08 January, 2013

New to me; good for me

Josephine Tey

Though i have come across her name many times before, this was the first of Josephine Tey's books that i remember reading. I'm glad now that i bought a collection of them, and i will likely read the next within a couple of months. That statement alone makes this book a success for me; why have i made it, then?

First, perhaps, is the detective. I'm sure that Tey was not the first author to have a successful detective from Scotland Yard; i'm also sure that she was one of the earliest to show them as not bumbling and needing guidance from an amateur. Inspector Grant is likeable as well as clever, but not so given to leaps of deduction that the rest of us can't follow him; indeed, the man he chases from London to the Highlands turns out not to have quite the connexion with the murder that Grant at first thought.

Second, i think, is the action. That trip to the Highlands is done very well, with interesting characters introduced but, with one exception, not so interesting that they become compelling and require further information for the reader, which is a mistake that many authors make, leaving their readers waiting for more appearances of a character they have invested in unnecessarily. In addition, the murder itself is clever and well done; we all like to think we'd be able to be observant were something of the kind to happen near us, but here the people in closest proximity to the victim, in a tight queue, are hopeless and almost useless to Grant.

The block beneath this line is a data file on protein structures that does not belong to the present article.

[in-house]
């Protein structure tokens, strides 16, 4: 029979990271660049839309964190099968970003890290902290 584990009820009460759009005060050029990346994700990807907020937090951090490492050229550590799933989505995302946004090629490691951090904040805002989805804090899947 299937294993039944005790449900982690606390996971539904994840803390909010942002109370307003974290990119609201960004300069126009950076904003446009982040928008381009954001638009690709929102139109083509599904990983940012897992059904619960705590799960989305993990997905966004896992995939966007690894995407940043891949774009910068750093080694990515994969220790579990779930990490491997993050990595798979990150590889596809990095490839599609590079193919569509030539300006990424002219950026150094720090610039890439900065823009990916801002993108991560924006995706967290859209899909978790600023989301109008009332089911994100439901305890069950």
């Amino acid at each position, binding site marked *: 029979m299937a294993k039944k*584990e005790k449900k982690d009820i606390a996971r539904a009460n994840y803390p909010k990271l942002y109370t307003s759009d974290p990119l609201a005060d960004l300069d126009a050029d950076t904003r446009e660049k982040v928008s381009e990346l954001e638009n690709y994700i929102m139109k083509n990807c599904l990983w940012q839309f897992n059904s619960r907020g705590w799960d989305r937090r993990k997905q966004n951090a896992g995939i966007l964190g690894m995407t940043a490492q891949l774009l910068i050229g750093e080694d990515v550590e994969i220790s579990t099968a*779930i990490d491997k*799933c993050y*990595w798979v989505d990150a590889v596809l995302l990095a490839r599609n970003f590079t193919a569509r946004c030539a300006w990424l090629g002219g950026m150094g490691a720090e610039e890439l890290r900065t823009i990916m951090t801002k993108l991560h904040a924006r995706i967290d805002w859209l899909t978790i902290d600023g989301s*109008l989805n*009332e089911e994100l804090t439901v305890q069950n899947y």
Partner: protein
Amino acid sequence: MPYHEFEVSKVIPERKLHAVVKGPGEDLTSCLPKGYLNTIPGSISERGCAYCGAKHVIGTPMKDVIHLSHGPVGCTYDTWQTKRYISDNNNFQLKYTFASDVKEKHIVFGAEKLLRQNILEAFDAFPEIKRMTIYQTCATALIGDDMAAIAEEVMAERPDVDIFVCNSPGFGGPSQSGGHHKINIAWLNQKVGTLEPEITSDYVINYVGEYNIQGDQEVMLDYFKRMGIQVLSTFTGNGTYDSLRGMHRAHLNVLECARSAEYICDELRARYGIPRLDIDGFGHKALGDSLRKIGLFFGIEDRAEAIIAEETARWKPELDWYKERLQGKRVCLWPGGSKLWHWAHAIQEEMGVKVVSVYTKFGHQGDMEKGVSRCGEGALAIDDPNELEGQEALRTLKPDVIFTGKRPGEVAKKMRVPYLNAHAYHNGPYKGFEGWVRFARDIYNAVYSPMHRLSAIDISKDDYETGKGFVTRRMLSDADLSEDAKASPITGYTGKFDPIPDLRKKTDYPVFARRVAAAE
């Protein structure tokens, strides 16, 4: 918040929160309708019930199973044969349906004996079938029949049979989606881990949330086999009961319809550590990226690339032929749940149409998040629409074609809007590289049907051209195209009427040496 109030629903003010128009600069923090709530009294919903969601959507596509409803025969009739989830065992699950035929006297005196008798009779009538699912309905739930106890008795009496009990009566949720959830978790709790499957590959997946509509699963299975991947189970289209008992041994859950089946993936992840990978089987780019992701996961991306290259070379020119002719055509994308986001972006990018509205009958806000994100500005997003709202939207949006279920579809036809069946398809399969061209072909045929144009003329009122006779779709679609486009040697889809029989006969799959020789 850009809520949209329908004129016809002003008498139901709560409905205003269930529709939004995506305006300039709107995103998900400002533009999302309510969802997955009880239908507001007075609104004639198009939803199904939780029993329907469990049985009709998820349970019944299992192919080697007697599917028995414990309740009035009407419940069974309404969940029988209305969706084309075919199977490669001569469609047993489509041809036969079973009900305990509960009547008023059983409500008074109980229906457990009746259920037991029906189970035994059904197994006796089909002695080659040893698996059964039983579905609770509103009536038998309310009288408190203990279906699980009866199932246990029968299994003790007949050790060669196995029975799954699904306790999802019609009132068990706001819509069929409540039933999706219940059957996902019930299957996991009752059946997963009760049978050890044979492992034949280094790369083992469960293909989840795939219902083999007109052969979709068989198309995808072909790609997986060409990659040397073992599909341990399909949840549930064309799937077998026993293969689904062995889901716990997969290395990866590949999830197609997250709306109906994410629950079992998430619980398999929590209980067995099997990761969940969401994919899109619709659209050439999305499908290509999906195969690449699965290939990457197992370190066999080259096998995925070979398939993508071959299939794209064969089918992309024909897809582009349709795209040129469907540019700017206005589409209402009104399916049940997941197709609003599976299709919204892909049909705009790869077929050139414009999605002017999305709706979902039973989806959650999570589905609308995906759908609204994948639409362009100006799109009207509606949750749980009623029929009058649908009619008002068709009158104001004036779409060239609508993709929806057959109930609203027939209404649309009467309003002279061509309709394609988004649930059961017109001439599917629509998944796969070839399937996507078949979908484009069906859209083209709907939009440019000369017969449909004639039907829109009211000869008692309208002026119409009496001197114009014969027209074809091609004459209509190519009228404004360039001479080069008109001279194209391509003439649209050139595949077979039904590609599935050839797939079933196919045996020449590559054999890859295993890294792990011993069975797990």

Third, Tey does a lovely job with the red herrings she draws across the track for her readers ~ and for Grant. They are plausible, at least at first sight, and sufficiently unlikeable to attract attention. Quite clearly, though, Tey has been laughing up her sleeve at her readers the whole time she writes of them, and this becomes clear at the end as all is revealed. In fact, i only have one quibble with the book, a minor one, almost a red herring in itself, and that is the question of whether it is possible to make a brooch with a pair of letters in such a way that their order cannot be determined; i have had trouble visualising it, other than actually putting the two on top of each other, which i suspect would render them completely illegible made, as they are, of stones ~ it might work in print or handwriting, but in jewellery i suspect not.

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